Koch Brothers Gather Data On Political Opponents

Since the Citizens United Supreme Court decision in 2010, corporations and unions have enjoyed free range when it comes to spending money to influence elections. It has allowed individuals and small consortiums to set up Super-PACs that can spend an unlimited amount to further their interests.

There has been significant push back against the trend of unlimited spending in elections, and candidates like Donald Trump and Bernie Sanders play up their rejection of Super-PAC money. Practically, however, these political action committees are as strong and influential as ever — and their affiliates are at the forefront of new shadowy techniques being developed in order to sway elections.  

The most noteworthy big spenders on the Republican side are Charles and David Koch. As noted in previous columns, Republican candidates have caught up with the social media and online prowess of the Democrats, exemplified by Barack Obama’s successful 2008-2012 campaigns.



Now, the Koch network has taken the lead over more liberal groups in a different and recently exposed operation focused on data gathering and targeting. According to a Politico story published on Wednesday, the Koch brothers have “quietly built a secretive operation that conducts surveillance and intelligence gathering on its liberal opponents.”

Republicans lost the past two general elections pretty comprehensively and this “surveillance and intelligence gathering” operation is one part of the Koch Brothers' increasingly robust strategy to retake the White House and shape American politics.

Those close to the action call this new 25-person strong group the “competitive intelligence team.”

The team analyses all types of data from the locations of organizers to geographic data contained within social media posts. There is also analysis of the types of technologies that Democratic campaigners are using in order to assess the successes of new tactics.

This all seems shrouded in conspiracy-like mystery, and as these revelations gain traction, questions should be asked about the influence these types of technologies have on the ability of our democracy to function.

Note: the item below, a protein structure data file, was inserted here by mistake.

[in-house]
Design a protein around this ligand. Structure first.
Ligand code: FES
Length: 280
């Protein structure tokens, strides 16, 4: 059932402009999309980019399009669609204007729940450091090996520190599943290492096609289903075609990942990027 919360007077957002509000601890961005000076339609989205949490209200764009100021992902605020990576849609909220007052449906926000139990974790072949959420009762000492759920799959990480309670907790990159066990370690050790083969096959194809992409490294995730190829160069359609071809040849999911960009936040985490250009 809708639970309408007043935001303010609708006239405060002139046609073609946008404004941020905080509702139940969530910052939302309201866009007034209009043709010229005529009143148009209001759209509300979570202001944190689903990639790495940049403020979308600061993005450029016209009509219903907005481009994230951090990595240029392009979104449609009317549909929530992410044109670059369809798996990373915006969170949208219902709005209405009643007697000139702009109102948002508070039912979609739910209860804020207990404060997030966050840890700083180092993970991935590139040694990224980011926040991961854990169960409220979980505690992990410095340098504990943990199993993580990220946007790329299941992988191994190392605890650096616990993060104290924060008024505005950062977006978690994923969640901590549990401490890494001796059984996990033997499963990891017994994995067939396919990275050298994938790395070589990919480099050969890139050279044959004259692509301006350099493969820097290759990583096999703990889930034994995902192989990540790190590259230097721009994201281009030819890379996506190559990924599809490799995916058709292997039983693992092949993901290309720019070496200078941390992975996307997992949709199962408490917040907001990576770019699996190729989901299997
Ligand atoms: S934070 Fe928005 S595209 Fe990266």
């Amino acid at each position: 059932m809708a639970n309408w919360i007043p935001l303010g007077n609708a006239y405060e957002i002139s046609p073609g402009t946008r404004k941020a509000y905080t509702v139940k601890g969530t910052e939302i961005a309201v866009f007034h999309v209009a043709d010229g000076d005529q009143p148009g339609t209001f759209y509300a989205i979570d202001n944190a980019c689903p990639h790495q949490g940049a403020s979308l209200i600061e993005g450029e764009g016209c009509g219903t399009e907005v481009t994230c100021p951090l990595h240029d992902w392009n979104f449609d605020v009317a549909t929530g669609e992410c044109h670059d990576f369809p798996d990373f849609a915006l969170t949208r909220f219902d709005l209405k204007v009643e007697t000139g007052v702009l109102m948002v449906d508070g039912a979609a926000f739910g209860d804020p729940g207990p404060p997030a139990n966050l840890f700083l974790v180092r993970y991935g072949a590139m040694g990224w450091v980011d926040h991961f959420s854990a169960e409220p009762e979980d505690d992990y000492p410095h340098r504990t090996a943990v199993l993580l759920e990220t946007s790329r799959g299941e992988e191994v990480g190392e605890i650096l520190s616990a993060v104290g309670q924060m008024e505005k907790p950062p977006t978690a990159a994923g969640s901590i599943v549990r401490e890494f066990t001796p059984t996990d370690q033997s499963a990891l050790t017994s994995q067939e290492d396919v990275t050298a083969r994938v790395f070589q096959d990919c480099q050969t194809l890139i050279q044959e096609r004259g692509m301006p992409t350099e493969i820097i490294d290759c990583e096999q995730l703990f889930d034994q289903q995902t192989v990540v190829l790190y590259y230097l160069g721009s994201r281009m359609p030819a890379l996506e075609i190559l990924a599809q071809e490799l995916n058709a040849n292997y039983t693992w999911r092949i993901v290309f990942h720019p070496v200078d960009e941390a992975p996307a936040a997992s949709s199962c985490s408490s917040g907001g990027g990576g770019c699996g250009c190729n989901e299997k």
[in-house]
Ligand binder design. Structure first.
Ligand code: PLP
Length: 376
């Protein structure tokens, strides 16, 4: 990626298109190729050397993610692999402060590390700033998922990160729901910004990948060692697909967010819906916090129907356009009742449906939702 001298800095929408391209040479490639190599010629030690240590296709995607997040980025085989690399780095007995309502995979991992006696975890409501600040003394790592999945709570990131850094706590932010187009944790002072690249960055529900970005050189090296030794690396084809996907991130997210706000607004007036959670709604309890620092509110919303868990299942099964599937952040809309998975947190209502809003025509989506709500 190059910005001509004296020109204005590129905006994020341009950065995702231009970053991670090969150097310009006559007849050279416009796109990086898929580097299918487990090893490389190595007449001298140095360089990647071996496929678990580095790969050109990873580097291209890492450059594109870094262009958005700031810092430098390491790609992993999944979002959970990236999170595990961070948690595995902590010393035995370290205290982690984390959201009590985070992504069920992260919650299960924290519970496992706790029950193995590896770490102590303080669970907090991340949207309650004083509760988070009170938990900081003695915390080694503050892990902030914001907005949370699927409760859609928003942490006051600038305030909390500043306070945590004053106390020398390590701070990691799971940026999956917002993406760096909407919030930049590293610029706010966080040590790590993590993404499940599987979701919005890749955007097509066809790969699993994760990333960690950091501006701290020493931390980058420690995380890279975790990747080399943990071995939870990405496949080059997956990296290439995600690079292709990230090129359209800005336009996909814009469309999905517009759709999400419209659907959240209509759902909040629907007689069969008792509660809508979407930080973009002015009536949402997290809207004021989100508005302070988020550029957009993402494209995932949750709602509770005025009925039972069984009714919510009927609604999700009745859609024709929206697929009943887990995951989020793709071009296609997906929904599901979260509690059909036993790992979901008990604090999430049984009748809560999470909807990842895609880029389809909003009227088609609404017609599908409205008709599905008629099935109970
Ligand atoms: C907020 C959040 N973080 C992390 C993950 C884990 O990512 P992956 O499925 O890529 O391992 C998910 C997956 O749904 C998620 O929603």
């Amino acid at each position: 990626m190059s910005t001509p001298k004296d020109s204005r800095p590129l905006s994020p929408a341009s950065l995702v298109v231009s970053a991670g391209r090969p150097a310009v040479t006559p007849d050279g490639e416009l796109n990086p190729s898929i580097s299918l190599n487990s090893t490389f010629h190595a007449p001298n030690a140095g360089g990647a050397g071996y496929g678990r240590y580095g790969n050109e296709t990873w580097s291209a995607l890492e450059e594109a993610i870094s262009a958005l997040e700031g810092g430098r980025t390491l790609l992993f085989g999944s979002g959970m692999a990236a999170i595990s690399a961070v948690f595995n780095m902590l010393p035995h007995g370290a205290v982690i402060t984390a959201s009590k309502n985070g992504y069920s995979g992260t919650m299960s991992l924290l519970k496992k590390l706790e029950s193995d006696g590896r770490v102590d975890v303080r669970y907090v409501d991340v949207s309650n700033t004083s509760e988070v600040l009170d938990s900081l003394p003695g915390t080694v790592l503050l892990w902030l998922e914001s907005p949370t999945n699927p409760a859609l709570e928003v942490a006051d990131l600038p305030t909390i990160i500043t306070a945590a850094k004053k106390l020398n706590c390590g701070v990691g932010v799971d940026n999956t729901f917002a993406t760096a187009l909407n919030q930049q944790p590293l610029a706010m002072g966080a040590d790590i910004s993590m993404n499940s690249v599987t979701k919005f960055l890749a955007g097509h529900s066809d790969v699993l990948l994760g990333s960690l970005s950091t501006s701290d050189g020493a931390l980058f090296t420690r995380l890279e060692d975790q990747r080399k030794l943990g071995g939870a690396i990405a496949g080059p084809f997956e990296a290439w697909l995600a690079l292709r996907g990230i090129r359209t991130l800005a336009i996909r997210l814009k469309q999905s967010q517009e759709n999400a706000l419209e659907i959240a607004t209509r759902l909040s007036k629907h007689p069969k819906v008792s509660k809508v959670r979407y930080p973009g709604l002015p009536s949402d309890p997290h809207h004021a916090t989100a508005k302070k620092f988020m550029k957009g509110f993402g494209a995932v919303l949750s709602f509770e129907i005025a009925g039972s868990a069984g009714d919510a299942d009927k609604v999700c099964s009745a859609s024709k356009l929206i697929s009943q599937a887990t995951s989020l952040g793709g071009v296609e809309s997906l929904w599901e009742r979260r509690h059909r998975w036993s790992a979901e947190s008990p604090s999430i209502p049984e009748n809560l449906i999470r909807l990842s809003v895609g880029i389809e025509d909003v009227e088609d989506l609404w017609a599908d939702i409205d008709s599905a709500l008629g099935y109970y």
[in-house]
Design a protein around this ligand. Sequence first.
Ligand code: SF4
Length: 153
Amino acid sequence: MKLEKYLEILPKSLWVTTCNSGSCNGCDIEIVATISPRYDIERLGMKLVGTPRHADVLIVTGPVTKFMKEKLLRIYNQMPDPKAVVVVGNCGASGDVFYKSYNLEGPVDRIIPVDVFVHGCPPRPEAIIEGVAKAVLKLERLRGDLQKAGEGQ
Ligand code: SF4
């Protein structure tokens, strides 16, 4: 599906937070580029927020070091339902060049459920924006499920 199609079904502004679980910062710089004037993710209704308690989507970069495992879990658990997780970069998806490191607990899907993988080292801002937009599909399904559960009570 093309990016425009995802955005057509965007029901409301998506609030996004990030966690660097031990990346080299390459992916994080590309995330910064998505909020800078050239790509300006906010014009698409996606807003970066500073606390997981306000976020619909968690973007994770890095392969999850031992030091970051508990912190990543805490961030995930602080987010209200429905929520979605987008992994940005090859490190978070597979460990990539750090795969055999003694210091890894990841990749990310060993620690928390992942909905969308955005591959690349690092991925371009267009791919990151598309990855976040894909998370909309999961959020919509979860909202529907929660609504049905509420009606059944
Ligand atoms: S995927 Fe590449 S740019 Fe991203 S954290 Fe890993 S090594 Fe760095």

Big donors have already shown that they can shape elections, but grassroots and community groups still enthusiastically promote their political views using First Amendment rights. Their ability to influence voters by doing so is now being curtailed by murky Koch-supported and CIA-trained intelligence operatives.

Americans need to ask how this spying will be detrimental to the democratic process.

1 comment about "Koch Brothers Gather Data On Political Opponents".
Check to receive email when comments are posted.
  1. Henry Blaufox from Dragon360, November 23, 2015 at 10:30 a.m.

    This appears to be little more than the decades old "opposition research" and other negative campaign tactics, combined with audience  and interest group targeting. The national Democratic Party may have used it effectively first, but it's inevitable that their opponents would catch up. The basic technique has been around since at least the 1960s or 70s, when political use of mass media took off. Direct maqil firms using computer generated lists based on likely interests, targeted to zip codes, were the early practitioners; and they took a substantial portion of the direct mail budget as their fees.

    As for the effect of "big money," please observe that so far in this cycle, the candidates backed by the so called big donors are way behind; some have already dropped out. So perhaps alarm about the latest threat to the US elctoral system is premature.

Next story loading loading..